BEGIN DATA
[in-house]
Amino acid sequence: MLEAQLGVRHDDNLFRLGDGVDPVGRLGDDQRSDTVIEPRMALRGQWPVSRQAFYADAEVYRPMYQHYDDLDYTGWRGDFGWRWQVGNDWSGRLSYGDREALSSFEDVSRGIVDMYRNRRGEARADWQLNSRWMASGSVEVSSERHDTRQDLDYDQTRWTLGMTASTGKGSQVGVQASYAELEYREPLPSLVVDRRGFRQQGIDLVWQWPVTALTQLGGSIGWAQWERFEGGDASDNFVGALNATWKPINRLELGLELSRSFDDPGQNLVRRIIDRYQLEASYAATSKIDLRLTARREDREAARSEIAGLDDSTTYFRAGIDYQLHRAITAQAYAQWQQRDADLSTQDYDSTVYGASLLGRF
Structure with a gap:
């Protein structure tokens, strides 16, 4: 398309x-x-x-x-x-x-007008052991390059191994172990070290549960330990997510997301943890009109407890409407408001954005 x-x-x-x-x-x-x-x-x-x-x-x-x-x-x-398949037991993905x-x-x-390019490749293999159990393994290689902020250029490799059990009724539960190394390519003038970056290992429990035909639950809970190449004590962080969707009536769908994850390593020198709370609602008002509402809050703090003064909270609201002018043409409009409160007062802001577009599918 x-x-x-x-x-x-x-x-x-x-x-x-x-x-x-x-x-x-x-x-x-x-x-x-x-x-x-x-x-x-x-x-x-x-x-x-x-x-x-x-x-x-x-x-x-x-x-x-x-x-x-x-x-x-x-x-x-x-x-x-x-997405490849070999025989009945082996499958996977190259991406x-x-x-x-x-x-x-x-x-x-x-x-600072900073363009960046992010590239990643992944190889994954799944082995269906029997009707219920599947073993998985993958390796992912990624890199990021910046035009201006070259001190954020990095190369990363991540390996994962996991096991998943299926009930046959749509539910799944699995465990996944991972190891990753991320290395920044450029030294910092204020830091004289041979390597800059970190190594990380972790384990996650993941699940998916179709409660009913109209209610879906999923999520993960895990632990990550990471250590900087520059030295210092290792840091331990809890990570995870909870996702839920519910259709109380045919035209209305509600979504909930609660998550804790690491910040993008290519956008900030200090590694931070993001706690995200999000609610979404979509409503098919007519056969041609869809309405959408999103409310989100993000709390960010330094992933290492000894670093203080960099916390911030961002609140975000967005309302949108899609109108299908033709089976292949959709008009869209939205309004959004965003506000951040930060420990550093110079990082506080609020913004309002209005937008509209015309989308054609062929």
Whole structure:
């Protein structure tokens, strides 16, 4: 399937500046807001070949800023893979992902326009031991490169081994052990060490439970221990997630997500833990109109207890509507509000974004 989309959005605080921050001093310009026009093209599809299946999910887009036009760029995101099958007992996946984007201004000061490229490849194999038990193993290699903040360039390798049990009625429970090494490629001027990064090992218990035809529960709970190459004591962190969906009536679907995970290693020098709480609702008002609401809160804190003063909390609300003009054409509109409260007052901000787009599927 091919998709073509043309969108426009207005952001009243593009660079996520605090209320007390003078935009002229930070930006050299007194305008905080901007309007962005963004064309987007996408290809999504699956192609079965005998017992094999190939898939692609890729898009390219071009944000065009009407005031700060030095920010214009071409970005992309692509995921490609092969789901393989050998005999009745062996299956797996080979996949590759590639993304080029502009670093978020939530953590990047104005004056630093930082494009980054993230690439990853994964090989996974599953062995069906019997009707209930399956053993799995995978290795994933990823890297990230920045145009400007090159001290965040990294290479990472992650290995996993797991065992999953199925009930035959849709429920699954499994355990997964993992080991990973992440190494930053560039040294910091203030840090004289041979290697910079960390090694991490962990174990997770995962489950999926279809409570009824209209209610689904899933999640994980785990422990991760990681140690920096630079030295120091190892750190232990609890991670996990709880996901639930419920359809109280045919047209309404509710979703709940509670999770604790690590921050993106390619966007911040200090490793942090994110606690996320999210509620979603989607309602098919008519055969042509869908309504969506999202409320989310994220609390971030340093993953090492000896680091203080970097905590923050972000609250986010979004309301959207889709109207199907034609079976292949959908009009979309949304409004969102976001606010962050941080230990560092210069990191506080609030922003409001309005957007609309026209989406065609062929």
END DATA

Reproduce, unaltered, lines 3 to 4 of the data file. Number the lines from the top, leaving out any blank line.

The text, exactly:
Structure with a gap:
């Protein structure tokens, strides 16, 4: 398309x-x-x-x-x-x-007008052991390059191994172990070290549960330990997510997301943890009109407890409407408001954005 x-x-x-x-x-x-x-x-x-x-x-x-x-x-x-398949037991993905x-x-x-390019490749293999159990393994290689902020250029490799059990009724539960190394390519003038970056290992429990035909639950809970190449004590962080969707009536769908994850390593020198709370609602008002509402809050703090003064909270609201002018043409409009409160007062802001577009599918 x-x-x-x-x-x-x-x-x-x-x-x-x-x-x-x-x-x-x-x-x-x-x-x-x-x-x-x-x-x-x-x-x-x-x-x-x-x-x-x-x-x-x-x-x-x-x-x-x-x-x-x-x-x-x-x-x-x-x-x-x-997405490849070999025989009945082996499958996977190259991406x-x-x-x-x-x-x-x-x-x-x-x-600072900073363009960046992010590239990643992944190889994954799944082995269906029997009707219920599947073993998985993958390796992912990624890199990021910046035009201006070259001190954020990095190369990363991540390996994962996991096991998943299926009930046959749509539910799944699995465990996944991972190891990753991320290395920044450029030294910092204020830091004289041979390597800059970190190594990380972790384990996650993941699940998916179709409660009913109209209610879906999923999520993960895990632990990550990471250590900087520059030295210092290792840091331990809890990570995870909870996702839920519910259709109380045919035209209305509600979504909930609660998550804790690491910040993008290519956008900030200090590694931070993001706690995200999000609610979404979509409503098919007519056969041609869809309405959408999103409310989100993000709390960010330094992933290492000894670093203080960099916390911030961002609140975000967005309302949108899609109108299908033709089976292949959709008009869209939205309004959004965003506000951040930060420990550093110079990082506080609020913004309002209005937008509209015309989308054609062929």